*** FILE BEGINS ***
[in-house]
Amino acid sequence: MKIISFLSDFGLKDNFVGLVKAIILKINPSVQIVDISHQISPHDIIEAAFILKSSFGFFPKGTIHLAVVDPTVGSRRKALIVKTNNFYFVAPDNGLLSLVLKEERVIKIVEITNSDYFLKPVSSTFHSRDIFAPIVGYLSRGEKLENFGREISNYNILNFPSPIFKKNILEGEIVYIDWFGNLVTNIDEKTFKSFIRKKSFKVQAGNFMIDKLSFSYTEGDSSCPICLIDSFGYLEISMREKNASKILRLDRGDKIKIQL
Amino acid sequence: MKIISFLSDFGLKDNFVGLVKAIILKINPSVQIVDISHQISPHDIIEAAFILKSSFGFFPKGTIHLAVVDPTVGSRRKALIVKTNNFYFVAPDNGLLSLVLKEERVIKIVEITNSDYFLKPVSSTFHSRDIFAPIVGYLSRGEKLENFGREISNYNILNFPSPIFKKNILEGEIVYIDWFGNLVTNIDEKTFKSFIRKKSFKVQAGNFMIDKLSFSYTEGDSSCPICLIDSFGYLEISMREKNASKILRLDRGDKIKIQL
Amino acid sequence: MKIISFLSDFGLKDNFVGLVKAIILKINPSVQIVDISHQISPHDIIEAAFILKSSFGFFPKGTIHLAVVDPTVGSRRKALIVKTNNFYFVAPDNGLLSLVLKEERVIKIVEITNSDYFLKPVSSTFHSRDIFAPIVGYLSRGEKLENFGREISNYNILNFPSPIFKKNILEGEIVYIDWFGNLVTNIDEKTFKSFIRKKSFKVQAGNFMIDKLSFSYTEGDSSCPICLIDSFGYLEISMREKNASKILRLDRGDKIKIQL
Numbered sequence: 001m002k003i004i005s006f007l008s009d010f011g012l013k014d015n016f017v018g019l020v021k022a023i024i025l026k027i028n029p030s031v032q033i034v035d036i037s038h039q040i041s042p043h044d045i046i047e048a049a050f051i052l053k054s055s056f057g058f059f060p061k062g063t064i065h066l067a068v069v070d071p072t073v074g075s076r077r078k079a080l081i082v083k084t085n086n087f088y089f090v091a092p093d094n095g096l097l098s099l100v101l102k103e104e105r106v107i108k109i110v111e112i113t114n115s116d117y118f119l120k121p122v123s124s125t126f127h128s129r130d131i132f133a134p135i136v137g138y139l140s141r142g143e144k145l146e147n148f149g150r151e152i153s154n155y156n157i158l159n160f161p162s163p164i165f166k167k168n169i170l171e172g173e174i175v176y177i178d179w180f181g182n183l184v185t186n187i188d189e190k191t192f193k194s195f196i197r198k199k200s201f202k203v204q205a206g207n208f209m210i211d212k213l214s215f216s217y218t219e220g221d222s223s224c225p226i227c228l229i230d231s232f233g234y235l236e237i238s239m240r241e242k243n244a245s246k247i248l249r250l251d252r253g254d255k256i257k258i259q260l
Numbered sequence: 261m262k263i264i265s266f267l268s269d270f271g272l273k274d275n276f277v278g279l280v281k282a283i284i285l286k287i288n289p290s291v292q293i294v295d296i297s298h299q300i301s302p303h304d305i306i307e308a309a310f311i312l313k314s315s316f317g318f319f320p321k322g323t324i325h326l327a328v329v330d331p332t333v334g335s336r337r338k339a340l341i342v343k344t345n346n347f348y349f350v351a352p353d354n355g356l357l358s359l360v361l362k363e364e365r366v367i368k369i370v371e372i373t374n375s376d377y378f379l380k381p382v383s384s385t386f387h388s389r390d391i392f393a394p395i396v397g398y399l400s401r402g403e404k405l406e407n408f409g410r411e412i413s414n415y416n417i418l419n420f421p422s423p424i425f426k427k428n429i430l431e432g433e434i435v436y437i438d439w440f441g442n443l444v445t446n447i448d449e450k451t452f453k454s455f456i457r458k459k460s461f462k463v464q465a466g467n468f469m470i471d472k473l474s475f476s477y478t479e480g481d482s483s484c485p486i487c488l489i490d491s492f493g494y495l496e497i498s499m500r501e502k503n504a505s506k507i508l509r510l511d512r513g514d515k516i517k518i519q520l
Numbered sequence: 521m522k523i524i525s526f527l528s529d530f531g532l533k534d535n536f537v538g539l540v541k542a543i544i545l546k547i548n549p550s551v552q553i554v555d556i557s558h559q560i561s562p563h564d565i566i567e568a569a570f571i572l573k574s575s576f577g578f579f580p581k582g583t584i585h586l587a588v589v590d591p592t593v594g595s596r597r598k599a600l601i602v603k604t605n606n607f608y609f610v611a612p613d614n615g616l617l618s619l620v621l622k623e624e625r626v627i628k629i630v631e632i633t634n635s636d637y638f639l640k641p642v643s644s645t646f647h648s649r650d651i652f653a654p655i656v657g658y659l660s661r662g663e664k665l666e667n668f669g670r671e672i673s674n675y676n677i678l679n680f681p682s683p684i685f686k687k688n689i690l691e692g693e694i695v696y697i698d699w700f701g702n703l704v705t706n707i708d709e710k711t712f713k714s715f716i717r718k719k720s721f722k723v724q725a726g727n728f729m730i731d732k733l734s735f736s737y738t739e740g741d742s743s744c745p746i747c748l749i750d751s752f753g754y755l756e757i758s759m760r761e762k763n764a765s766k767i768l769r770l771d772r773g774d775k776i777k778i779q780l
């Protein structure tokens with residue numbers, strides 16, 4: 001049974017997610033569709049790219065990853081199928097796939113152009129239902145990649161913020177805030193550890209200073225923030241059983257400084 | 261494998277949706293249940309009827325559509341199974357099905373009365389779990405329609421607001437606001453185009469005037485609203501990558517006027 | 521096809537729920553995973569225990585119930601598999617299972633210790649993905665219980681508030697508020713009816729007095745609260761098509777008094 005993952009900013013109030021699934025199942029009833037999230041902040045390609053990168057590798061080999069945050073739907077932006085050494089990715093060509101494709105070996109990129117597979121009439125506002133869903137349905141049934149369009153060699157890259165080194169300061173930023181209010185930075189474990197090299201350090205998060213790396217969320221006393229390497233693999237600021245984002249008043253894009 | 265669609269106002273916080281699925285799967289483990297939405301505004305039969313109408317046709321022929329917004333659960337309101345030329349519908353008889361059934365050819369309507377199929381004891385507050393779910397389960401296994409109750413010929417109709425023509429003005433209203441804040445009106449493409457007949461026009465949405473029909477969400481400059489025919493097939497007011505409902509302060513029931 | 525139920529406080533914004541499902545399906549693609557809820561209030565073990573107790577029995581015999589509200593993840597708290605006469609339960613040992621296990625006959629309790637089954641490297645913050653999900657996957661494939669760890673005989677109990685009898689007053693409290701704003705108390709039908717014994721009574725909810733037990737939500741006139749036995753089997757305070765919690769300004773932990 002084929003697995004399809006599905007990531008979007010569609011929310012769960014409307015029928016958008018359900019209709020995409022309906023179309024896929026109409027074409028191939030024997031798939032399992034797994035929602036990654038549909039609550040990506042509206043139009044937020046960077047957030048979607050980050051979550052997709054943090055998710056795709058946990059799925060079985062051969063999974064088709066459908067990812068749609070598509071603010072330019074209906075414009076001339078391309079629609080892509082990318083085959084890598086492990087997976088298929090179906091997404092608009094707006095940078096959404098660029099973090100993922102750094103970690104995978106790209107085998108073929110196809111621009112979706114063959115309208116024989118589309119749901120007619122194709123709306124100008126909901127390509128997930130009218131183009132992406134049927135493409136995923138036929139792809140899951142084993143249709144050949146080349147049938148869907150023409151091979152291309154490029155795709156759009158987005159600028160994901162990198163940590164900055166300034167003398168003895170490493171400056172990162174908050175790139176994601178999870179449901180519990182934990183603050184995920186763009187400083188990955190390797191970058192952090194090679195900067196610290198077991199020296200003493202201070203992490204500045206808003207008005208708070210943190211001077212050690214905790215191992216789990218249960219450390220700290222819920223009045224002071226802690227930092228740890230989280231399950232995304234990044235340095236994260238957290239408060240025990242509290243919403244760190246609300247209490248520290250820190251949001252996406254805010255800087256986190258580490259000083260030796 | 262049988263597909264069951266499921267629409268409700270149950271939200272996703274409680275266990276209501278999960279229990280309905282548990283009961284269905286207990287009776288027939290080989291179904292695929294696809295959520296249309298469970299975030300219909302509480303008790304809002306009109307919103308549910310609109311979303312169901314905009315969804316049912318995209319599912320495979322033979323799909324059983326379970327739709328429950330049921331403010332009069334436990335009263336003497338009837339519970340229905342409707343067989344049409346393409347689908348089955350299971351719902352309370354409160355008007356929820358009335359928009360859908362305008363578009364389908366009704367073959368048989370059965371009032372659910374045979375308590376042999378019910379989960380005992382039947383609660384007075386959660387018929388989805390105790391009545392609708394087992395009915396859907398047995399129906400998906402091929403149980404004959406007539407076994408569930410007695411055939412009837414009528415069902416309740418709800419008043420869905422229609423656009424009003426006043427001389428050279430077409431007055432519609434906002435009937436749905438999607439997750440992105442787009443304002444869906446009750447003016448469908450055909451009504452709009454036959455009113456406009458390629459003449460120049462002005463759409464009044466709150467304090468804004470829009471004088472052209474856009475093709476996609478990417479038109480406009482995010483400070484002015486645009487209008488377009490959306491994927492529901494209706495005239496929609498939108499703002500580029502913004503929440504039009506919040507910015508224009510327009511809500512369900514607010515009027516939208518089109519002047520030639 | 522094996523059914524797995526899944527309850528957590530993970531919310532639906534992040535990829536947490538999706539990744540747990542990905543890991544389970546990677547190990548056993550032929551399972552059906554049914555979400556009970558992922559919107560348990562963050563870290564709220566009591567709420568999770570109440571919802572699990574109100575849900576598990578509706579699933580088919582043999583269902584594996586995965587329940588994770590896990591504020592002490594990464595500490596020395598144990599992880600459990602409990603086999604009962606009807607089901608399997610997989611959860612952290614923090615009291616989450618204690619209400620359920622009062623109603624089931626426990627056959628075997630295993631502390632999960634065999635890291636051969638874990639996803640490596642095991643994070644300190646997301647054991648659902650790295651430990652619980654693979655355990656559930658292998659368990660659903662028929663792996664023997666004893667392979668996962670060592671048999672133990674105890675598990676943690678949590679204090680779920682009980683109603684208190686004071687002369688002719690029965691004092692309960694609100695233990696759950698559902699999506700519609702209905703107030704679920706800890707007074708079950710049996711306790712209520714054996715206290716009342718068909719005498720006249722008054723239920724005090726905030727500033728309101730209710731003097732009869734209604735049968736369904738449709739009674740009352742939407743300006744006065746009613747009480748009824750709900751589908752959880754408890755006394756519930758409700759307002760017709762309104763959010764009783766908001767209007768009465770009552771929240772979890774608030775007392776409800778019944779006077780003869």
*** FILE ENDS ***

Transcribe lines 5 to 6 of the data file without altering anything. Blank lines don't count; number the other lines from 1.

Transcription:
Numbered sequence: 001m002k003i004i005s006f007l008s009d010f011g012l013k014d015n016f017v018g019l020v021k022a023i024i025l026k027i028n029p030s031v032q033i034v035d036i037s038h039q040i041s042p043h044d045i046i047e048a049a050f051i052l053k054s055s056f057g058f059f060p061k062g063t064i065h066l067a068v069v070d071p072t073v074g075s076r077r078k079a080l081i082v083k084t085n086n087f088y089f090v091a092p093d094n095g096l097l098s099l100v101l102k103e104e105r106v107i108k109i110v111e112i113t114n115s116d117y118f119l120k121p122v123s124s125t126f127h128s129r130d131i132f133a134p135i136v137g138y139l140s141r142g143e144k145l146e147n148f149g150r151e152i153s154n155y156n157i158l159n160f161p162s163p164i165f166k167k168n169i170l171e172g173e174i175v176y177i178d179w180f181g182n183l184v185t186n187i188d189e190k191t192f193k194s195f196i197r198k199k200s201f202k203v204q205a206g207n208f209m210i211d212k213l214s215f216s217y218t219e220g221d222s223s224c225p226i227c228l229i230d231s232f233g234y235l236e237i238s239m240r241e242k243n244a245s246k247i248l249r250l251d252r253g254d255k256i257k258i259q260l
Numbered sequence: 261m262k263i264i265s266f267l268s269d270f271g272l273k274d275n276f277v278g279l280v281k282a283i284i285l286k287i288n289p290s291v292q293i294v295d296i297s298h299q300i301s302p303h304d305i306i307e308a309a310f311i312l313k314s315s316f317g318f319f320p321k322g323t324i325h326l327a328v329v330d331p332t333v334g335s336r337r338k339a340l341i342v343k344t345n346n347f348y349f350v351a352p353d354n355g356l357l358s359l360v361l362k363e364e365r366v367i368k369i370v371e372i373t374n375s376d377y378f379l380k381p382v383s384s385t386f387h388s389r390d391i392f393a394p395i396v397g398y399l400s401r402g403e404k405l406e407n408f409g410r411e412i413s414n415y416n417i418l419n420f421p422s423p424i425f426k427k428n429i430l431e432g433e434i435v436y437i438d439w440f441g442n443l444v445t446n447i448d449e450k451t452f453k454s455f456i457r458k459k460s461f462k463v464q465a466g467n468f469m470i471d472k473l474s475f476s477y478t479e480g481d482s483s484c485p486i487c488l489i490d491s492f493g494y495l496e497i498s499m500r501e502k503n504a505s506k507i508l509r510l511d512r513g514d515k516i517k518i519q520l